Jacquelyn K. Greiner, by Her Next Friend, John Greiner, Plaintiff-appellee, v. Chicago and Eastern Illinois Railroad Company, Defendant-appellant, 360 F.2d 891 (7th Cir. 1966)Annotate this Case
Robert J. McPeak, Terre Haute, Ind., for appellant.
Thomas H. Hicks, Ralph Berry, Terre Haute, Ind., Mann, Mann, Chaney, Johnson & Hicks, and Berry, Kincade & Miller, Terre Haute, Ind., of counsel, for appellee.
Before DUFFY, KNOCH and KILEY, Circuit Judges.
KNOCH, Circuit Judge.
This action was brought in the United States District Court to recover damages for personal injuries suffered by the minor plaintiff-appellee, Jacquelyn K. Greiner, in a collision between the automobile in which she was riding and a locomotive of the defendant-appellant, Chicago and Eastern Illinois Railroad Company, at an intersection of highway and railroad track within the city limits of Terre Haute, Indiana.
The defendant does not attempt to impute any contributory negligence to the minor plaintiff, but attributes the accident solely to the negligent operation of the automobile by its driver, the plaintiff's deceased mother.
The cause was tried by the District Court sitting without a jury. The Court found, by resolving the disputed issues of fact, that the accident was occasioned by the action of the defendant's switchman who negligently motioned plaintiff's mother to drive across the main line crossing in the face of operating flasher signals when the defendant's locomotive was actually approaching. The Court found that he then gestured to her to stop and to back up, but that she was unable to do so. This appeal is taken from judgment entered for the plaintiff. The defendant contends that errors were made in ruling on the evidence, that the findings and judgment are contrary to the physical evidence, that the conclusions and judgment are contrary to the law and the evidence and that the District Judge included an improper element in assessing damages.
The plaintiff's mother drove toward the tracks from the northwest on Lockport Road at about forty miles per hour, according to the testimony of Kenneth Kisner who was driving an automobile immediately ahead of her. The train was coming from the south on the westerly track or main line. Mr. Kisner stopped at the crossing. The plaintiff's car stopped behind him. The flasher lights were operating. He said that he waited about two minutes. An engine cleared the crossing on a switch track, described by Mr. Kisner as "the second track over." A man got off the engine, and, standing between the two tracks, waved Mr. Kisner across, although the lights were still flashing. He saw the same man wave the automobile behind him across, and saw that automobile move forward five or six feet. Then Mr. Kisner saw the train coming from the south on the main or west line and, in his rear view mirror, saw the man gesture to the car behind him to back up. He did not see or hear the impact and did not know of the collision until he had gone about two blocks, had turned back, had seen the commotion at the railway crossing, had returned and found that the car behind hind him had been involved in a collision with the train.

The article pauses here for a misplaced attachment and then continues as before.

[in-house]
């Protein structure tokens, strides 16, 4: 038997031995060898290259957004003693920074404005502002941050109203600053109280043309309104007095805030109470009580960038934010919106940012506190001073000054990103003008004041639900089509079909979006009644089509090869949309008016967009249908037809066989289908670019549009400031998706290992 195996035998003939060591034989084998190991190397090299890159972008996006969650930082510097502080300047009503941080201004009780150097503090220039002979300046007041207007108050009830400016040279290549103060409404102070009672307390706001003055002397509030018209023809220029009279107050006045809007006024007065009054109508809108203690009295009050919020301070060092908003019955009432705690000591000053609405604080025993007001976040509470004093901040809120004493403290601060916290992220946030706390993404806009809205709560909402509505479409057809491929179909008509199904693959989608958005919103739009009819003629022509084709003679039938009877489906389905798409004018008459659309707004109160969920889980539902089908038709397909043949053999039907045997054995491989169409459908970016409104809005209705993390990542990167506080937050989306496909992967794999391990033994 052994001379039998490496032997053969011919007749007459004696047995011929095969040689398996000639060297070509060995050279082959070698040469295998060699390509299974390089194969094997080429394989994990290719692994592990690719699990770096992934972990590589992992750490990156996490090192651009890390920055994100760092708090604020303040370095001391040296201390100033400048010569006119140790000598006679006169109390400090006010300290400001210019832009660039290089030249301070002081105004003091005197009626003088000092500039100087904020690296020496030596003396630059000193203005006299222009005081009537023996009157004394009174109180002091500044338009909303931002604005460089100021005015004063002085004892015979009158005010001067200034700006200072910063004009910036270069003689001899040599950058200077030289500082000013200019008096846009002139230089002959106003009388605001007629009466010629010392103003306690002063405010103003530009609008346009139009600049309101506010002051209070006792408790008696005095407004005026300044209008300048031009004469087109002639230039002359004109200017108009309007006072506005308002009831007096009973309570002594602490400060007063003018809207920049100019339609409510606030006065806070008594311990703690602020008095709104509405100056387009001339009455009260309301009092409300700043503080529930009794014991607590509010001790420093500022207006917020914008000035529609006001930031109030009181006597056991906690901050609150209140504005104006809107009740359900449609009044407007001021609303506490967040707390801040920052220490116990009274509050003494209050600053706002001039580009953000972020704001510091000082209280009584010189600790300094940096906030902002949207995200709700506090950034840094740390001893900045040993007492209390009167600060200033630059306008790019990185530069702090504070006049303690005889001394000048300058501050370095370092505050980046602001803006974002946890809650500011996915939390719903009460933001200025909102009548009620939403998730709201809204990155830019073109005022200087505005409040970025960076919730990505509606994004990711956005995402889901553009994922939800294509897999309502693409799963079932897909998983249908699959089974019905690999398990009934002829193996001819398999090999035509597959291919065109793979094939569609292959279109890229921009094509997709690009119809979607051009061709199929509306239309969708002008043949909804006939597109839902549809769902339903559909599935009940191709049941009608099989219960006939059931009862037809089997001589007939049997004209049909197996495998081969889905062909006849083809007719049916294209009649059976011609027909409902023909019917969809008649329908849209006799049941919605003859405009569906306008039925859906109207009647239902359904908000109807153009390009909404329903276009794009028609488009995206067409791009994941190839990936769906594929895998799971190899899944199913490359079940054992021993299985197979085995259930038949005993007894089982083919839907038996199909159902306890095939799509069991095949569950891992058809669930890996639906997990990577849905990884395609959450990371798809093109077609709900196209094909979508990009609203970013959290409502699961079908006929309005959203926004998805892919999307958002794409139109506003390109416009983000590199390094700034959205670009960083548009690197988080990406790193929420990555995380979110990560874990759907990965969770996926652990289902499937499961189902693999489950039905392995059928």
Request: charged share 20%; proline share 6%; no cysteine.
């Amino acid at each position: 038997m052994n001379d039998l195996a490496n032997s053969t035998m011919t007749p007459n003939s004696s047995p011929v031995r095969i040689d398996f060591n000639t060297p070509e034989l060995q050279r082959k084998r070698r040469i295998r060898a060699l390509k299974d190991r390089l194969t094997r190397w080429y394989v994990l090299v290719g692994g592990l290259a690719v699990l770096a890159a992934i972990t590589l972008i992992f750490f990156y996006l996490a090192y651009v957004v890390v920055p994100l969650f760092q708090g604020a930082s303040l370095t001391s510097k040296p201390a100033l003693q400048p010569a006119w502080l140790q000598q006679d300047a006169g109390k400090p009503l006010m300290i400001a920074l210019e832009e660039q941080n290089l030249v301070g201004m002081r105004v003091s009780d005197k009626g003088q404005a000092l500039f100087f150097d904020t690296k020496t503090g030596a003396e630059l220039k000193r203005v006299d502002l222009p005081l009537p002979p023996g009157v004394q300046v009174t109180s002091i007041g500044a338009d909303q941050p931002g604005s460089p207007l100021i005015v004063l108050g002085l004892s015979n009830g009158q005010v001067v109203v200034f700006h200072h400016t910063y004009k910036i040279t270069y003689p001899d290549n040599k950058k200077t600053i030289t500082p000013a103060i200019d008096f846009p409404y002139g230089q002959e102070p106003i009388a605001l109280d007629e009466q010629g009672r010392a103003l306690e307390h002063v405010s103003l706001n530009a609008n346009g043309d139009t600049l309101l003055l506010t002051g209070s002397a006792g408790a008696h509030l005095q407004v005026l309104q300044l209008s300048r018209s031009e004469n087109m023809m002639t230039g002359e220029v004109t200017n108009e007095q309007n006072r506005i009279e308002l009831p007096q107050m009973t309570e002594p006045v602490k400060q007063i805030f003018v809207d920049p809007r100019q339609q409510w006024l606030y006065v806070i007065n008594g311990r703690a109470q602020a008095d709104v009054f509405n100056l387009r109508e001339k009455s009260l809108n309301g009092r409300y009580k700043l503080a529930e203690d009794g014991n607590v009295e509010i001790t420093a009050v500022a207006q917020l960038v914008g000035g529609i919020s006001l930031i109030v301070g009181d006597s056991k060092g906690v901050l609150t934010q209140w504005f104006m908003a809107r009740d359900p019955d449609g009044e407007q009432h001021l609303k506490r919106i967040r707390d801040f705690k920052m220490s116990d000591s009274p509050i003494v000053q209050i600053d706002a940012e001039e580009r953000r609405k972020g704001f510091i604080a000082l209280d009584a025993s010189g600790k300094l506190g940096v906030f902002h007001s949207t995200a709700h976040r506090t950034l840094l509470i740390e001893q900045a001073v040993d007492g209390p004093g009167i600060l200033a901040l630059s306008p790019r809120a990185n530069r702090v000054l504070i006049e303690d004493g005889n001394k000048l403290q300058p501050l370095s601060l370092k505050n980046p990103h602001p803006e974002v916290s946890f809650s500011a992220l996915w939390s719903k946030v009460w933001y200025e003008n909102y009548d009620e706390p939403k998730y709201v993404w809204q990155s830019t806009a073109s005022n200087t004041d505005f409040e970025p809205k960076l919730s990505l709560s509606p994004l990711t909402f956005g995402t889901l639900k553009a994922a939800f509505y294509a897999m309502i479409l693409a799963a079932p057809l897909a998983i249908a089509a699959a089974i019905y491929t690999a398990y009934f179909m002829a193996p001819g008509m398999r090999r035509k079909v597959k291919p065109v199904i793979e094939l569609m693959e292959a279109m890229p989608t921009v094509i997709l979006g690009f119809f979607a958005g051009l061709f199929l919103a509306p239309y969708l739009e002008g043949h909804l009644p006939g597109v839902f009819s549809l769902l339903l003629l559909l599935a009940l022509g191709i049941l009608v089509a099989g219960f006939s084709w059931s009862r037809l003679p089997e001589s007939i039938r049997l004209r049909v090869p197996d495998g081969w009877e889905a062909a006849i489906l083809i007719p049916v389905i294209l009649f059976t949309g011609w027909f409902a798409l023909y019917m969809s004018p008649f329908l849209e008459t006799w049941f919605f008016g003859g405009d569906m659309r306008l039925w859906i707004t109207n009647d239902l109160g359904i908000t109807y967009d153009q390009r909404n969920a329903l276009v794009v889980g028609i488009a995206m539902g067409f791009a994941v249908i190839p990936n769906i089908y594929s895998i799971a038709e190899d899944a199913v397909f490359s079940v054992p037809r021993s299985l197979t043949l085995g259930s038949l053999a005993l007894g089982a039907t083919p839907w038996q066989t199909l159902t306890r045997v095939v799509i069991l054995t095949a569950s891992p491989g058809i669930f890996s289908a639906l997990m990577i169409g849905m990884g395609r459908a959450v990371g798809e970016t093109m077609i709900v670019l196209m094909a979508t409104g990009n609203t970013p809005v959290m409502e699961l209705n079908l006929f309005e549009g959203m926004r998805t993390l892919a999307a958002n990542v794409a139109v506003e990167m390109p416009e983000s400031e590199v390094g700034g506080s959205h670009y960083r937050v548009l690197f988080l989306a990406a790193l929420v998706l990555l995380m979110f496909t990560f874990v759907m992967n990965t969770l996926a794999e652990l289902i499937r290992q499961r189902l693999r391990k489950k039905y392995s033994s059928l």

The man who got off the engine which cleared the crossing and who waved Mr. Kisner across was Oliver B. Perrill, the defendant's switchman. He testified that he motioned only the first car to cross while the lights were off for a second or two as a result of his engine having cleared the crossing; that they came on again when tripped by the approach of the train coming from the south; that he then gestured to the plaintiff's automobile which was coming up the road about 50 yards away from him when he first saw it. He said he directed it to stop, and then to back up because it had stopped too close to the tracks, that the driver instead of backing up as directed had jumped forward about three feet onto the center of the track, and a woman got out of the driver's side of the car as the train approached from 800 to 1000 feet south of the crossing, with its locomotive whistle sounding. As far as Mr. Perrill could tell, the woman was trying to get the children out of the automobile.
Thomas William Robinson, the engineer of the approaching train, testified that his whistle was blowing for the crossing and his engine bell was ringing continuously. He saw the plaintiff's car approach the crossing, stop two or two and one-half feet west of the track and then as he started to apply the brake, the automobile jumped onto the crossing with its front wheels in the center of the track just as he was about 1000 feet south of the crossing. He saw a woman standing beside the car just before the impact. He saw no signals given by the switchman to the driver.